A Predator on the Blueline

Shea Weber is the poster boy for the new breed of young defenceman in today's NHL

A Predator on the Blueline

Whenever Bruce Hamilton gets the welcome opportunity to speak of the member of Team Canada's men's Olympic hockey team, he'll tell you the defenceman is as good as gold.

One of the most respected figures in Canadian hockey, Hamilton, President, General Manager and Governor of the Western Hockey League's Kelowna Rockets, is always willing to make time to talk about Shea Weber, his former standout defenceman who has built a reputation as one of the NHL's most well-rounded blueliners.

“He's such a special guy, someone who has never changed,” praised Hamilton, of Weber, who played four seasons in Kelowna, earning WHL West First Team All-Star and WHL Playoff MVP honours in 2005. “He never forgot where he came from. He's still the same person.”

As a hockey player, Weber, who was selected 49th overall by the Nashville Predators in 2003, is even better than during his impressive tenure with the Rockets.

“I didn't think he'd be good, this fast,” said Hamilton, who has directed the Kelowna franchise to four Memorial Cup Tournaments, winning for the first time in franchise history in 2003-04. “But he has been outstanding.”

Weber made his NHL debut on January 6, 2006 versus the Detroit Red Wings. Three months later, on April 6, 2006, Weber scored his first NHL goal against the St. Louis Blues in a 3–0 Nashville victory. He went on to play in 28 games in his rookie season, finishing with two goals and 10 assists.

He added two goals in four playoff games with the Predators before the team was eliminated in the first round by the San Jose Sharks. As a member of Nashville's AHL affiliate, the Milwaukee Admirals, who were still in playoff action, Weber was reassigned to the Admirals roster for the remainder of the AHL post-season.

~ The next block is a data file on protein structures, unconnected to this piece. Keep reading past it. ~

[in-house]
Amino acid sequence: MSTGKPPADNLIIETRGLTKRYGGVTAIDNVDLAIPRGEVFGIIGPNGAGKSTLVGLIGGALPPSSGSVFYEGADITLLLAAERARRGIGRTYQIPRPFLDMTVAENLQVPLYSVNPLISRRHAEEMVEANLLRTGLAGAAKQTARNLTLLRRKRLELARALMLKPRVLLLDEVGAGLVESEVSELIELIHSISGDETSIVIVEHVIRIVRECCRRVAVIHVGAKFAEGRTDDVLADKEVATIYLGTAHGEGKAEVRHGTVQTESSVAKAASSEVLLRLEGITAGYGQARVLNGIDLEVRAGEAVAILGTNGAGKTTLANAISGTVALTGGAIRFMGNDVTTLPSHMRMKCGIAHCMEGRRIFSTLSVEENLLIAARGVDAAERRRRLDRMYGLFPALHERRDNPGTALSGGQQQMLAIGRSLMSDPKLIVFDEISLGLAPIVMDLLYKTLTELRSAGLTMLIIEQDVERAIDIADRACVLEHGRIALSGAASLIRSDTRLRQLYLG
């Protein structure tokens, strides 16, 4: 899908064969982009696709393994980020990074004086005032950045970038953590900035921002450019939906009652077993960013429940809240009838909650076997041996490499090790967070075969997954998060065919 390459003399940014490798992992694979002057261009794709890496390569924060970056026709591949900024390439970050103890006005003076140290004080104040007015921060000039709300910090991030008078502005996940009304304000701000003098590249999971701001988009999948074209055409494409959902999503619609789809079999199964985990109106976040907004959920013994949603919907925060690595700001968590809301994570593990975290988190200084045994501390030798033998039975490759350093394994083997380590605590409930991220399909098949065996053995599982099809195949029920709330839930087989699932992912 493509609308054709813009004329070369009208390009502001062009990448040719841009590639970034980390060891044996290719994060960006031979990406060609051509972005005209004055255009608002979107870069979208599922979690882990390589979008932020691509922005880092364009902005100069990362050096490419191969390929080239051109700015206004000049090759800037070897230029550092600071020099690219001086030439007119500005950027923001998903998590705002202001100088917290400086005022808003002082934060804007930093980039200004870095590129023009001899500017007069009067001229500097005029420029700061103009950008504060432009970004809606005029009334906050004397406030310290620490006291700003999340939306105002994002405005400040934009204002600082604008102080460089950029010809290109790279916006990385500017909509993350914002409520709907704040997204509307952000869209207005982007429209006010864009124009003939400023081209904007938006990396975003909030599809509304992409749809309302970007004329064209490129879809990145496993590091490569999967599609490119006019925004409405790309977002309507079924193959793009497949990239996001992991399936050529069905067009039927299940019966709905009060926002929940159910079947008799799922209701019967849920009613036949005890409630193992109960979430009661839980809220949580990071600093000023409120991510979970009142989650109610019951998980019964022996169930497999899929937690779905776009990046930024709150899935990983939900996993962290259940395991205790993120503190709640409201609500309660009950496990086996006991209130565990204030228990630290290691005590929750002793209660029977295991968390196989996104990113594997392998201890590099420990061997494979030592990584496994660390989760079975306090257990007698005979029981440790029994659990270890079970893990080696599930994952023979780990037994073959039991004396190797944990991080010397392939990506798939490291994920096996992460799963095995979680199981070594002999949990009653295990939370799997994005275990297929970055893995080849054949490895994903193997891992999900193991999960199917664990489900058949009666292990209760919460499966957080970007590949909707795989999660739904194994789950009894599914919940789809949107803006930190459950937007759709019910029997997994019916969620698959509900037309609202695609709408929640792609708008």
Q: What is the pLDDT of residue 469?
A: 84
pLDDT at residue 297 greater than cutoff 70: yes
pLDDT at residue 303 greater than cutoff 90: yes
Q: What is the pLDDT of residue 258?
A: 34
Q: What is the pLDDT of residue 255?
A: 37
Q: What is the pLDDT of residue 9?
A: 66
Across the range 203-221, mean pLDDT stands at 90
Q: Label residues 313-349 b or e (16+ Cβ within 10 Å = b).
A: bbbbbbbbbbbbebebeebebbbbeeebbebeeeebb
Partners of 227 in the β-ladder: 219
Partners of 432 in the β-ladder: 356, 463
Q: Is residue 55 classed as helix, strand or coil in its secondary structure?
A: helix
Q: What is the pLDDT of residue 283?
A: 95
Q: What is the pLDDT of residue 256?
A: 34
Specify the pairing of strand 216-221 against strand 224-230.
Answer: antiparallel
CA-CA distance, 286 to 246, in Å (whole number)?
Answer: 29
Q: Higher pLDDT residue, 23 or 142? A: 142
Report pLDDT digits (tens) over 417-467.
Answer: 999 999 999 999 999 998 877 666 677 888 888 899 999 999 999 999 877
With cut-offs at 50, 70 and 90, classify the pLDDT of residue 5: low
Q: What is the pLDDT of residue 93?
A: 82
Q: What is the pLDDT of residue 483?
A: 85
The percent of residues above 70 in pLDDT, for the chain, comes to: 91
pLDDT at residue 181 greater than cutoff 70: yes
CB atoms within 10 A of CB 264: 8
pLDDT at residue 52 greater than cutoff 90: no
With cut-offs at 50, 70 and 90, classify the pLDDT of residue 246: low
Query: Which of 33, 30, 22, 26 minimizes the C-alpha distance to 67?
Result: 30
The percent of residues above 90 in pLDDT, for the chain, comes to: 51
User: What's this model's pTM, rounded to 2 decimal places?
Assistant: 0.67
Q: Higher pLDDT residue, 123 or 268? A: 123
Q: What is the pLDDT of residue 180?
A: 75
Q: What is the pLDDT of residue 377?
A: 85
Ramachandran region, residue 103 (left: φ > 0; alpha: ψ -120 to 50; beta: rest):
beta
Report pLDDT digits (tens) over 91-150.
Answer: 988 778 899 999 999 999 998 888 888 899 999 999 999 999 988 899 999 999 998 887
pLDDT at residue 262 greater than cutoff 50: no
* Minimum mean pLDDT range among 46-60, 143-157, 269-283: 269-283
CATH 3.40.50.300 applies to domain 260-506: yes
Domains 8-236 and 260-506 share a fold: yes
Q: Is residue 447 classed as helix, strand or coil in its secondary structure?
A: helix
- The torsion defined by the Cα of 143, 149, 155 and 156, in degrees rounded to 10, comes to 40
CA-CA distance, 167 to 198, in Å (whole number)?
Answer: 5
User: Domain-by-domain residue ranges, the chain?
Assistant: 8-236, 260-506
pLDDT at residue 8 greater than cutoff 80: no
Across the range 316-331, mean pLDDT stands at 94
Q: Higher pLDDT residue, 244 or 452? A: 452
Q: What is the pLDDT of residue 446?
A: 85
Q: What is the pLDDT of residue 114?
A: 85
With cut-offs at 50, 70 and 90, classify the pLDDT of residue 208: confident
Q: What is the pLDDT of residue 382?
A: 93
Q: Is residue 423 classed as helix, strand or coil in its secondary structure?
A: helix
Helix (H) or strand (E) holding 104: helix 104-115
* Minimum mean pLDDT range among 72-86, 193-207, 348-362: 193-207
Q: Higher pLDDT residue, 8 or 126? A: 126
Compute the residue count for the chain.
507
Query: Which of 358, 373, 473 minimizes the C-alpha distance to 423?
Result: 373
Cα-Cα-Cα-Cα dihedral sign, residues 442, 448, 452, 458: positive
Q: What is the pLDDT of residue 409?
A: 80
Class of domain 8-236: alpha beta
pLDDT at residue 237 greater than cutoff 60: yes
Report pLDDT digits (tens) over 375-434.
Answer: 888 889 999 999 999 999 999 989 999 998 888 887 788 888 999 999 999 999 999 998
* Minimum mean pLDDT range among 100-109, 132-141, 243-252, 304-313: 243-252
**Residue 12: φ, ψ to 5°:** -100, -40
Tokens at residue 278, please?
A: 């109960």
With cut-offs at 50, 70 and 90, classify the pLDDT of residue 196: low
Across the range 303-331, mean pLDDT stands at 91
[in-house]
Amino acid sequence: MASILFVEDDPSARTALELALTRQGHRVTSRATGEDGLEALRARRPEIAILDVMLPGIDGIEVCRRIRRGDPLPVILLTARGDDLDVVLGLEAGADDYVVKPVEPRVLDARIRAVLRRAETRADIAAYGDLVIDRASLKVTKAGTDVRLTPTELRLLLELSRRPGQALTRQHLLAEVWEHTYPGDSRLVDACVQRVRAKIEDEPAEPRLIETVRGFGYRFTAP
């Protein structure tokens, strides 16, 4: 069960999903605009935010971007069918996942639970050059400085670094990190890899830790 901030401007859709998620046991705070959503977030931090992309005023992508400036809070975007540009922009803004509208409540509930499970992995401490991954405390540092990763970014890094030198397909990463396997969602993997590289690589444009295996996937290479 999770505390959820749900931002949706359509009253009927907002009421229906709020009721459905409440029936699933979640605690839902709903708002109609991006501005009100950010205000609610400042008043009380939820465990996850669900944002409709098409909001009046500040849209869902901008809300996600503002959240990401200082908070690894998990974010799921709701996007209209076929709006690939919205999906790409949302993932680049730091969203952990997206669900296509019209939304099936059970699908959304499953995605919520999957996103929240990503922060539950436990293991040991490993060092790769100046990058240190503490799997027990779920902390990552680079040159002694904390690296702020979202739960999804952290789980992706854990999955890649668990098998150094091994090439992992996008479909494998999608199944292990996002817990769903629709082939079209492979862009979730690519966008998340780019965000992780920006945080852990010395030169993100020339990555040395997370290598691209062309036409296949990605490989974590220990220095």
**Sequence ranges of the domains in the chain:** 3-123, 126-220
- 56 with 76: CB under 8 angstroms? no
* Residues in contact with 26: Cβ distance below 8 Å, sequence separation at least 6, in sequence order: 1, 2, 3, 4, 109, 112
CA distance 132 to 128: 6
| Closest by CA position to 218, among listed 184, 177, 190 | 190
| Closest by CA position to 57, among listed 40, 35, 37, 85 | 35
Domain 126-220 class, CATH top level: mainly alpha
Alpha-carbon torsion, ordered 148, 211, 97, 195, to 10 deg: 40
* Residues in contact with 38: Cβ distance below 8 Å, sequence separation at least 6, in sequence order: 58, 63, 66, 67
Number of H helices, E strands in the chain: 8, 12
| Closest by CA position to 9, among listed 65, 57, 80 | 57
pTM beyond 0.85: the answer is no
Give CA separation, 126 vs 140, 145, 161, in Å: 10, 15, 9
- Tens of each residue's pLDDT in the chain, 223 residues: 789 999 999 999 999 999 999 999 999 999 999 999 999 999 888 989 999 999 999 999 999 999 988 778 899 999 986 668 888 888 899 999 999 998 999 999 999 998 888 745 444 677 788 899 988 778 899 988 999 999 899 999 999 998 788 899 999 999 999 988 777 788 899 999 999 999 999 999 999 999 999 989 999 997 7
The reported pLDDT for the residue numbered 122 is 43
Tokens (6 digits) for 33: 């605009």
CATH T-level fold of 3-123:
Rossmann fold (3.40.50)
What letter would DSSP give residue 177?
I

Weber recorded six goals and five assists in 14 games as the Admirals lost to the Hershey Bears in six games in the Calder Cup Finals.

In his sophomore season, Weber developed into one of Nashville's most key performers. He was named to the Western Conference roster for the 2007 NHL YoungStars Game in Dallas and went on to finish the season with 40 points, adding three assists in five playoff games before the Predators were eliminated by the San Jose Sharks for the second consecutive season.

Weber's third campaign with the Predators was marred by a rash of injuries. After playing only 2:19 of the first period in Nashville's season opener against the Colorado Avalanche, Weber fell awkwardly and dislocated his kneecap. As a result, Weber missed the next six weeks of games before returning to the Nashville lineup versus the St. Louis Blues on November 17, 2007. Shortly after, he suffered another injury, this time his leg, missing 11 games before he returned to the Predators lineup on January 15, 2008.

“It was a serious knee injury, but it didn't affect his skating,” offered Hamilton, who spent six years as Chairman of the WHL Board of Governors. “He plays a big man's game. He does it all out there. If you take liberties with him, he's like an elephant. He won't forget.”

On June 23, 2008, Weber signed a three-year, $13.5 million contract with the Predators. In 81 games in 2008-09, he scored a career-high 23 goals accompanied by 30 assists.

This season, Weber has once again been a force for the Predators, who will look to get back into the Western Conference playoff scene after failing to make the grade last year. He'll also look to win gold with Team Canada at the upcoming 2010 Winter Olympics in Vancouver.

“I'm heading to Vancouver to see the men's hockey semis, bronze and gold games, so hopefully, I'll get a chance to speak with him,”said Hamilton, who will also look to chat with another former Rockets' and Team Canada defenceman, Duncan Keith of the Chicago Blackhawks.

And even if the Weber and Hamilton don't get a chance to talk at the Olympics, there will be ample time afterwards.

“We talk a lot,” offered Hamilton. “It's always about hockey. The only thing that we always tell him every time is just how proud we are of him. Not only for what a great player he is, but how he has always remembered us. He's still actively involved in our team through our alumni association. When he was with us, we would have 50-60 community events a year and he'd be at least half of them.”

All of which Hamilton is extremely grateful for.

“He's a very sincere guy, someone who if you ask a direct question, you'll get an honest answer. If you had a son, you'd want Shea Weber to be his mentor. He's the ideal role model.”